Self-Motivation: My Savior From Emotional Struggle

Self-motivation is powerful. Sometimes, the person who can help you the most when times yourself is, believe it or not, yourself. When times were tough, Sameeksha discovered that all she needed was her inner power, and determination to be better is all she needed to cope with her struggles.

We at One More Light had a chance to speak with her. To the questions we asked, here’s what she said:

What is your personal story of struggling emotionally in the past or present? Could you tell us how tough it was and what kind of support you had?

So the truth is, I have had a simple life since childhood and expected that it would remain the same. By same, I don’t mean stagnant or bland, but at the age of 13, I didn’t know much about the world, or astonishingly, even my own family. My simple world came crashing down one day when I lost one of my beloved family members. It has been years since their passing, but I still do not know what to think, remember, or even feel about this memory. It’s sad, hurtful, but there is something else associated with this memory. A weird, lonely feeling every time I think of it. Even amidst family and friends, I feel empty.

My family, like most stereotypical Indian households, did not believe in emotional struggles. There were (now they have a fair idea) only two extremities for them: you’re either normal or insane, nothing in between. Quite frankly, neither did I know much about feeling low and emotionally struggling. As days passed by, I became distant, detached, and weirdly inhuman. These were days when I surprised myself with the kind of things that I uttered(more like blabbered).

After all this, I put myself through hell (imagining more horrible situations) and now have a memory gap. I find remembering anything about these two years extremely challenging. What I did, where I went, or even something as trivial as what I watched on TV. Nothing.

I was thinking about this and how almost everyone has a different kind of challenge. So, being kind, and small gestures like saying: have a good day or a thank you to a stranger, is something I started doing and believing in. Many kids in the world have lost their beloved ones, I may not be able to do much. But it was this thought which motivated me to write this article and vent out a little.

Many people say that time heals all wounds. I disagree. It is the inner power or the drive to be a better version of ourselves that helps us thrive and grow out of the trauma. I have never been able to talk about my issues with anyone. I feel insecure that someone else might even know my weaknesses. So, I came up with self-motivating ideas to overcome my fears. For example, the thought of losing is a great drive for me. Thoughts like ‘I will fail in class if I don’t study.” Reading books helped me too (and by books I don’t mean self-help books).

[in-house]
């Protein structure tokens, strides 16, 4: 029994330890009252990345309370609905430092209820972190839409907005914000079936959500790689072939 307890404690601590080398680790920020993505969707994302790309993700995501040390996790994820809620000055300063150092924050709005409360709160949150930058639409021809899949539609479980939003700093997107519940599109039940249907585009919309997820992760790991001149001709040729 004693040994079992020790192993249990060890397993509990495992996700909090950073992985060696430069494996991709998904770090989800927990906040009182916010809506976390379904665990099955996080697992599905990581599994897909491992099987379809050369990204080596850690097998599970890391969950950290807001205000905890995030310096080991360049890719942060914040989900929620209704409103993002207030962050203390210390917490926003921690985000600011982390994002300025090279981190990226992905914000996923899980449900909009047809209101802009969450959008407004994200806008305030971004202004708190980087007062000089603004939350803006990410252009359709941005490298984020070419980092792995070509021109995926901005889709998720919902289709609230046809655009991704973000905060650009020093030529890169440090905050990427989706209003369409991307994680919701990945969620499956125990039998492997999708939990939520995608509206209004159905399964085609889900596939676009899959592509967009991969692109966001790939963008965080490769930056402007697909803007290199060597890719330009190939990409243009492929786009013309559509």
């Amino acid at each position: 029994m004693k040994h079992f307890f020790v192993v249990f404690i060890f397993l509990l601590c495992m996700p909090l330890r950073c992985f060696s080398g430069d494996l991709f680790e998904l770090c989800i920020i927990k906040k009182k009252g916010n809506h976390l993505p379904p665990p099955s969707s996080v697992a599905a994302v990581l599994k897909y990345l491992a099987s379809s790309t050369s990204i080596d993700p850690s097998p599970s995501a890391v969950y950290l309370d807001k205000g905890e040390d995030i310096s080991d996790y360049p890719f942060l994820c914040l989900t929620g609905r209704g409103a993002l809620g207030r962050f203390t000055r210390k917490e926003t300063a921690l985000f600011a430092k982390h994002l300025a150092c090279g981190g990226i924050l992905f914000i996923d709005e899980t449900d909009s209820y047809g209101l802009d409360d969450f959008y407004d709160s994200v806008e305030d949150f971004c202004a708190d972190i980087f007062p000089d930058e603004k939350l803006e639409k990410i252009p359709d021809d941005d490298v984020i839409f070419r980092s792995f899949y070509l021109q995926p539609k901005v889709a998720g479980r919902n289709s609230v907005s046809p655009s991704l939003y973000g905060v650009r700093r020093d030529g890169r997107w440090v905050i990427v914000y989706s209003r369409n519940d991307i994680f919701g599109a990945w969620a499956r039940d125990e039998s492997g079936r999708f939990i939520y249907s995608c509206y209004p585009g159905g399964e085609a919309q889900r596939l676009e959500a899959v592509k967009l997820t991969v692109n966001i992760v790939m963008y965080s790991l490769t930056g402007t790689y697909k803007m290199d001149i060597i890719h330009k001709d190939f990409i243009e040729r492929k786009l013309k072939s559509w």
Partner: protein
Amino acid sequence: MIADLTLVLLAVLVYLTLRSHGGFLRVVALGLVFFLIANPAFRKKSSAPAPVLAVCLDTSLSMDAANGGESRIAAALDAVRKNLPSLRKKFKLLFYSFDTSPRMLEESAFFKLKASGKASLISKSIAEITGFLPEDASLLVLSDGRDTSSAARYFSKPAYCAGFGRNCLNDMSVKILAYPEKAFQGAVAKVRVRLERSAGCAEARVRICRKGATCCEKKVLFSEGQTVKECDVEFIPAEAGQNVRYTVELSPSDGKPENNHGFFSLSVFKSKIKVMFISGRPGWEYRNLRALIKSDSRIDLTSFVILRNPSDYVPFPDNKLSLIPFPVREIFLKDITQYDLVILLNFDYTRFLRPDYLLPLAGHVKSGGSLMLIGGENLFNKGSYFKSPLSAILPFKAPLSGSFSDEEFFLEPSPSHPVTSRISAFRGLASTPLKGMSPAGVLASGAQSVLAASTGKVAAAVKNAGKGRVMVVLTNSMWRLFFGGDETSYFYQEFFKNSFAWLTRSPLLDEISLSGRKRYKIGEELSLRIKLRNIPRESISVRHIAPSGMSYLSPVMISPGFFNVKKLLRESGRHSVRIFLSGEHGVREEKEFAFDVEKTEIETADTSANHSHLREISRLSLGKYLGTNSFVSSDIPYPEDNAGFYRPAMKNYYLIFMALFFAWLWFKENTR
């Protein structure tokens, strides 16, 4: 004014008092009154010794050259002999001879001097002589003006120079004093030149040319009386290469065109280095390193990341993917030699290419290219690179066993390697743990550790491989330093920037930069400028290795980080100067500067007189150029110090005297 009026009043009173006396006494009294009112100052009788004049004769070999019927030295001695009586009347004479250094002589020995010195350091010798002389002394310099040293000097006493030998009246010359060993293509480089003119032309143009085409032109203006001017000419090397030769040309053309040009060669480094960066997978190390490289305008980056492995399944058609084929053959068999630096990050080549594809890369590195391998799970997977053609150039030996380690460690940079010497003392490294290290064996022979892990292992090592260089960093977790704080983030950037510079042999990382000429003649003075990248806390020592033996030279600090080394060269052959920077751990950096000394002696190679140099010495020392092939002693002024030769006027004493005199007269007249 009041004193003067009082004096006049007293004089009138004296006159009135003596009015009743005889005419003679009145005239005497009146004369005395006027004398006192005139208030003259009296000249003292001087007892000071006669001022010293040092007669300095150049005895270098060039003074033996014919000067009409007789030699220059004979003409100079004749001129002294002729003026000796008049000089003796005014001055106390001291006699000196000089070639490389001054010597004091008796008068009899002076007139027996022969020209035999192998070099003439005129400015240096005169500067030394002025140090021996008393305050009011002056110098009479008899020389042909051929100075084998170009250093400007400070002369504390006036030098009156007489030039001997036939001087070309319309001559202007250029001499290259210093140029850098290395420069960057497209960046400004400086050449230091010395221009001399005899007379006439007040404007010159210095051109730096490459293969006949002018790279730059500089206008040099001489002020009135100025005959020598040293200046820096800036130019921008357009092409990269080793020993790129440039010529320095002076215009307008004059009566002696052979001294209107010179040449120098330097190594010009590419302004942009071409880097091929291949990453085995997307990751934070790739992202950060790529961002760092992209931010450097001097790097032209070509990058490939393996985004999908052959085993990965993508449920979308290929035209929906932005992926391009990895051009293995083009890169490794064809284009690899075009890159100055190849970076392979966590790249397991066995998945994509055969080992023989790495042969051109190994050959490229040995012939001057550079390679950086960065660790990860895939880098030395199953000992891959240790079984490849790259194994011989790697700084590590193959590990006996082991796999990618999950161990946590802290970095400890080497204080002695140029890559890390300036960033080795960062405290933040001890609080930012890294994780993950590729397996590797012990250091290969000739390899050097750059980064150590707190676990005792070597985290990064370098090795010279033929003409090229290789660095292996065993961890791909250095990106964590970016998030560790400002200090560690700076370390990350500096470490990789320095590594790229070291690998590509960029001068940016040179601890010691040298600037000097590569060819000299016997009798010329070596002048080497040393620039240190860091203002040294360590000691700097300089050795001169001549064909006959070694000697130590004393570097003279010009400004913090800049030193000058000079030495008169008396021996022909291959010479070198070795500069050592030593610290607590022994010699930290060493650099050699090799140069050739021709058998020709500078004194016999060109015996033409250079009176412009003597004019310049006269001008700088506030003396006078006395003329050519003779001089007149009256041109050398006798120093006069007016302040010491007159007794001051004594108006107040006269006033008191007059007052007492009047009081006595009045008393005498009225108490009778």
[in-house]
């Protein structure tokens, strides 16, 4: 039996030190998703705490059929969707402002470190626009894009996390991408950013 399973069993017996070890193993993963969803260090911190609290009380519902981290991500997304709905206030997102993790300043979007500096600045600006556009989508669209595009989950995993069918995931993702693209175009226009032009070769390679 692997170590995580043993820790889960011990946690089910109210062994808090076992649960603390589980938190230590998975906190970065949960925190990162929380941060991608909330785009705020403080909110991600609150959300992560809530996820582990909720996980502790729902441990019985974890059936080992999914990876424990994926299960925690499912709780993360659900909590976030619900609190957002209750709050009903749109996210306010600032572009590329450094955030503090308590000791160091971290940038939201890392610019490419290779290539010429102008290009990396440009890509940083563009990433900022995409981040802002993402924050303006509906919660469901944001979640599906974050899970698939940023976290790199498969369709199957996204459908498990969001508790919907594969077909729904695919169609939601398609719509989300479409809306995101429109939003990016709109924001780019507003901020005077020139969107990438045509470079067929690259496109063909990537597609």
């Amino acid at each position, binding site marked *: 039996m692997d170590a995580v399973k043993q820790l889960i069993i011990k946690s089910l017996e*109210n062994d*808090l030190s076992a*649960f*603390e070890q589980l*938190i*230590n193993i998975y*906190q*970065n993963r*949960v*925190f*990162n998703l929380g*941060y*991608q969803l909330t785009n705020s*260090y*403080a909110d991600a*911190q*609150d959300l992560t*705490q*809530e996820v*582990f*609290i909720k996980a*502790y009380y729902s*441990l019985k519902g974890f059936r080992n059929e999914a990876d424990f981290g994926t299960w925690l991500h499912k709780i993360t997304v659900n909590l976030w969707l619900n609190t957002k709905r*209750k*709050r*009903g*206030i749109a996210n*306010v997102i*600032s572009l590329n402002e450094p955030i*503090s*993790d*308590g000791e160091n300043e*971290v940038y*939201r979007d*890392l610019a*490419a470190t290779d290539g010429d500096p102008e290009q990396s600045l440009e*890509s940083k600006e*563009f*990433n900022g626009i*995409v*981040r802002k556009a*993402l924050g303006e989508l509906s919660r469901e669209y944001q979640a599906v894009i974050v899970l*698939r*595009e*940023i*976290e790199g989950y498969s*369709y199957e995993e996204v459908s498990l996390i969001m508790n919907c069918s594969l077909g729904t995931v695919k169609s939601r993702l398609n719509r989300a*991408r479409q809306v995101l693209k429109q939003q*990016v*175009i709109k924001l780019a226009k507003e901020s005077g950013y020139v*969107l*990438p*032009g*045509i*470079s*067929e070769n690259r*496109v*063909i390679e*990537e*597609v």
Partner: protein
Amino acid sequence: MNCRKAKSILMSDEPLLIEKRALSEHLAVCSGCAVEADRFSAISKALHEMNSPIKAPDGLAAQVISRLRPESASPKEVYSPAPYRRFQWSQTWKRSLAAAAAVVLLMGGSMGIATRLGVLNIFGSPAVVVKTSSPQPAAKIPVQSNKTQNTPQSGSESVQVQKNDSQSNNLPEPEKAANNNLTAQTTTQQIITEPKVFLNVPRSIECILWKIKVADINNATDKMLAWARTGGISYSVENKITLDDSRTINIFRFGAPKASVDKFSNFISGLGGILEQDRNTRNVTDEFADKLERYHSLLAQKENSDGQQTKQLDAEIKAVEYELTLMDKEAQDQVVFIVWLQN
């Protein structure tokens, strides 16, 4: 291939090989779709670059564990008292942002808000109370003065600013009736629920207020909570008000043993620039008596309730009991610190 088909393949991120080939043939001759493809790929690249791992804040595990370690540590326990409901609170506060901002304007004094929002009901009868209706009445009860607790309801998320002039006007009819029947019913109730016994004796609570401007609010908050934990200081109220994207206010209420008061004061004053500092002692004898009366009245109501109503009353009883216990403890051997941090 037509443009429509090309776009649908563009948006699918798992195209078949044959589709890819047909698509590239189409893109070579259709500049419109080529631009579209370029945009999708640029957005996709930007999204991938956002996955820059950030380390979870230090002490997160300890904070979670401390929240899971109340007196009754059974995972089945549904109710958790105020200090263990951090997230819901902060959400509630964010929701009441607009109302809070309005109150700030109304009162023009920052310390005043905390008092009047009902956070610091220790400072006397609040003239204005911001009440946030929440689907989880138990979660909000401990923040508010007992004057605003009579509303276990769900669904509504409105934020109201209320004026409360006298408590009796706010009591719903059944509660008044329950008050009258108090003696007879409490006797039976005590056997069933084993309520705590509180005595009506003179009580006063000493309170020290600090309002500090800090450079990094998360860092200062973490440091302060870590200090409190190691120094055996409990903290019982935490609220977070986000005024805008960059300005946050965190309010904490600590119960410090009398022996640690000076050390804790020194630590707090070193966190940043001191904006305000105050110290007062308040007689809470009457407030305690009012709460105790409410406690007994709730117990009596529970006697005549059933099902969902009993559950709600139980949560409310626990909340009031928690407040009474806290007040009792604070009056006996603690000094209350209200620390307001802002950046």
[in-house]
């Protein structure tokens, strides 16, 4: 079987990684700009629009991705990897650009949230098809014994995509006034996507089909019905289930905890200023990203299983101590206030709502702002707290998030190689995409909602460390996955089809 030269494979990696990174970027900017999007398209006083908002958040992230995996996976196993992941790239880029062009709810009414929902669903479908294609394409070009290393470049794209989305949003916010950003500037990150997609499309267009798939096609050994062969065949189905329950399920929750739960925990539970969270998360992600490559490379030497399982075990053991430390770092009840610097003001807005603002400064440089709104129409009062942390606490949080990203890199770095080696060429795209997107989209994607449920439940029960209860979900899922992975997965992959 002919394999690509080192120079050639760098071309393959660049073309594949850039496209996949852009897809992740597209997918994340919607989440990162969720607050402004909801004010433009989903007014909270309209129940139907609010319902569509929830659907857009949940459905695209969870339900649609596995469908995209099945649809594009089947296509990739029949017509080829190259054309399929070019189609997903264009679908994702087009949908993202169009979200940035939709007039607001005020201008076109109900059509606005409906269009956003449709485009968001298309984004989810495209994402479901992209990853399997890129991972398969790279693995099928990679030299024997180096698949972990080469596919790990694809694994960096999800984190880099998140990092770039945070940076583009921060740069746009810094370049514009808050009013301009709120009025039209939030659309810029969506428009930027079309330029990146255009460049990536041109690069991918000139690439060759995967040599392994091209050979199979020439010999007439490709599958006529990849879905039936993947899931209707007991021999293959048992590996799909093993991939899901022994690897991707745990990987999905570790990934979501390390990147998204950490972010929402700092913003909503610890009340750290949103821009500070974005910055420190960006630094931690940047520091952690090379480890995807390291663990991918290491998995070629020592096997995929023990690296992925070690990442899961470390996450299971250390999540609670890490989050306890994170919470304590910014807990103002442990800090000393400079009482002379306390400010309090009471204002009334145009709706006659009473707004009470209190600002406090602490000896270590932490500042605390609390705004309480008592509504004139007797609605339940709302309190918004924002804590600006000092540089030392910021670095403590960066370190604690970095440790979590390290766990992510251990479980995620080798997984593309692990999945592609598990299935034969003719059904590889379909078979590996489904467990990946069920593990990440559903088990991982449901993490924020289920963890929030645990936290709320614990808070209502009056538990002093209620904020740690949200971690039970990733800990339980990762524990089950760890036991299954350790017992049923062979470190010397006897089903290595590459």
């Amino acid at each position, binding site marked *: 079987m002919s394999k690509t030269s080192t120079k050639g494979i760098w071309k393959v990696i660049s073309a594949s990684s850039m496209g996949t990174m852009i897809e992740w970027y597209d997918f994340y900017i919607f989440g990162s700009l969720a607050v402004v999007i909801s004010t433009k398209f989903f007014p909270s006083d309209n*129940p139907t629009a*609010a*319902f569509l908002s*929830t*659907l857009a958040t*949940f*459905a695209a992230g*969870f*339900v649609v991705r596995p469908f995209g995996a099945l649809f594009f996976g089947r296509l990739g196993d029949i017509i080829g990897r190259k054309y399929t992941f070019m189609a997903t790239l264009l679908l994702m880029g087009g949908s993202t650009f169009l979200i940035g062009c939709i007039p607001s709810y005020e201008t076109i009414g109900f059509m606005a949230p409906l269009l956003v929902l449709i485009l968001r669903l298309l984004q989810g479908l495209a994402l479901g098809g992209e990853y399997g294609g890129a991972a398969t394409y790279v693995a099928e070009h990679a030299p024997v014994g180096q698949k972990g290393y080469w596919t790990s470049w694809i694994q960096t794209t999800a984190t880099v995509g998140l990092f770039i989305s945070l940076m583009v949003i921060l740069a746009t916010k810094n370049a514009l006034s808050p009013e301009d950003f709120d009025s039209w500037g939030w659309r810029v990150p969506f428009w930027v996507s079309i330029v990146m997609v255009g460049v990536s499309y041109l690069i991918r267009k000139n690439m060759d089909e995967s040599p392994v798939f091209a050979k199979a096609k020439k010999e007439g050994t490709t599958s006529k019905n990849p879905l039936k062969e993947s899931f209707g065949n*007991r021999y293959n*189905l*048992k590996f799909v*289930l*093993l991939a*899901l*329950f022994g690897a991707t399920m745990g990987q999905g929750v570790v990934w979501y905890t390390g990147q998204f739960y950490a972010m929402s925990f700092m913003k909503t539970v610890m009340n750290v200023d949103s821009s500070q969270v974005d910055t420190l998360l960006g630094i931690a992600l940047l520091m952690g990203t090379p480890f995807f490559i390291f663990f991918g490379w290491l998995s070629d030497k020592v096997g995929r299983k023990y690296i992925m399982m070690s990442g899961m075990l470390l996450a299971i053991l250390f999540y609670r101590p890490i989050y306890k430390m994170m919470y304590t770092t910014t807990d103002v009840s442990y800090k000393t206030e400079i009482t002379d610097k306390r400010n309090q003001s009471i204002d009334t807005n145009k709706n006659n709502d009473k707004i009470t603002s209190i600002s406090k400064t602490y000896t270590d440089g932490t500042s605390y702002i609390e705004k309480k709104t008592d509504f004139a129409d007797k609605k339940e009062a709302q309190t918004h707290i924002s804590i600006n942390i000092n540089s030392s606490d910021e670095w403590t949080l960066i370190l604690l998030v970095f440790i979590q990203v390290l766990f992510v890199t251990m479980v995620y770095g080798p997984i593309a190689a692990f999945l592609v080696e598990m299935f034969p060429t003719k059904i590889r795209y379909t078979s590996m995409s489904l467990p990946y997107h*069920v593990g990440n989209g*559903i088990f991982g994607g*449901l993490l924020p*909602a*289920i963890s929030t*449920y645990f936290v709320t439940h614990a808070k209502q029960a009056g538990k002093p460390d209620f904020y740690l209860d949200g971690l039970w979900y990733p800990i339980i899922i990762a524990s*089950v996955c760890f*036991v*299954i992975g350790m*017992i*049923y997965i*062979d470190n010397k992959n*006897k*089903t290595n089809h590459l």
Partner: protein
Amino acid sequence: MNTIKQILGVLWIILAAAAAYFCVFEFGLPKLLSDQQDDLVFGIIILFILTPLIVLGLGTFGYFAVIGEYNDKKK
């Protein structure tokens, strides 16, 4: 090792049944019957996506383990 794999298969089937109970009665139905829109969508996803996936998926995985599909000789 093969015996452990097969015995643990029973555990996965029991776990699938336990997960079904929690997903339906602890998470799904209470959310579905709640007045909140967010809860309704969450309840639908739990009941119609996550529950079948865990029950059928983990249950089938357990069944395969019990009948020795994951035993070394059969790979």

Human imagination is very powerful, and books are a great source for enhancing imagination. With all these weird ideas, somehow, the 16-year old version of myself came out of this thinking she was a warrior queen.

In my defense, even though it sounds quite silly, it worked well in my favor.

What do you use the One More Light app for? Tell us about the motivation behind it and how you help people on the app.

I am active on the One more Light app as a listener. It is a great initiative, and I am glad that I got an opportunity to share my story here. Their contribution to making emotional support accessible is significant. People need to be aware of their emotional struggles for them to be openly accessible. These days with an increasing number of people understanding the importance of staying emotionally well, I think we are halfway there.

What would you say to those learning about your experience, to help them understand the importance of being emotionally well?

One More Light provides the advantage of anonymity. I think that’s what makes it appealing. A listening ear that doesn’t judge. That is what I aim at too.

At some point or the other, all of us have experienced sad and troubling thoughts. Along with these comes the rush of further emotions, which either cause some kind of verbal damage (saying something you didn’t mean to a colleague) or even breaking things. After this upsurge of emotions, people tend to regret every word they uttered and their behavior.
Now imagine having a bad mood like this for days together. That’s what you call a manic episode (it might be either happy or sad). This is just one kind of mental health issue associated with Bipolar disorder.

Struggling emotionally is as bad or even worse than being physically ill. And I believe our wellbeing, and self-motivation, is our responsibility.

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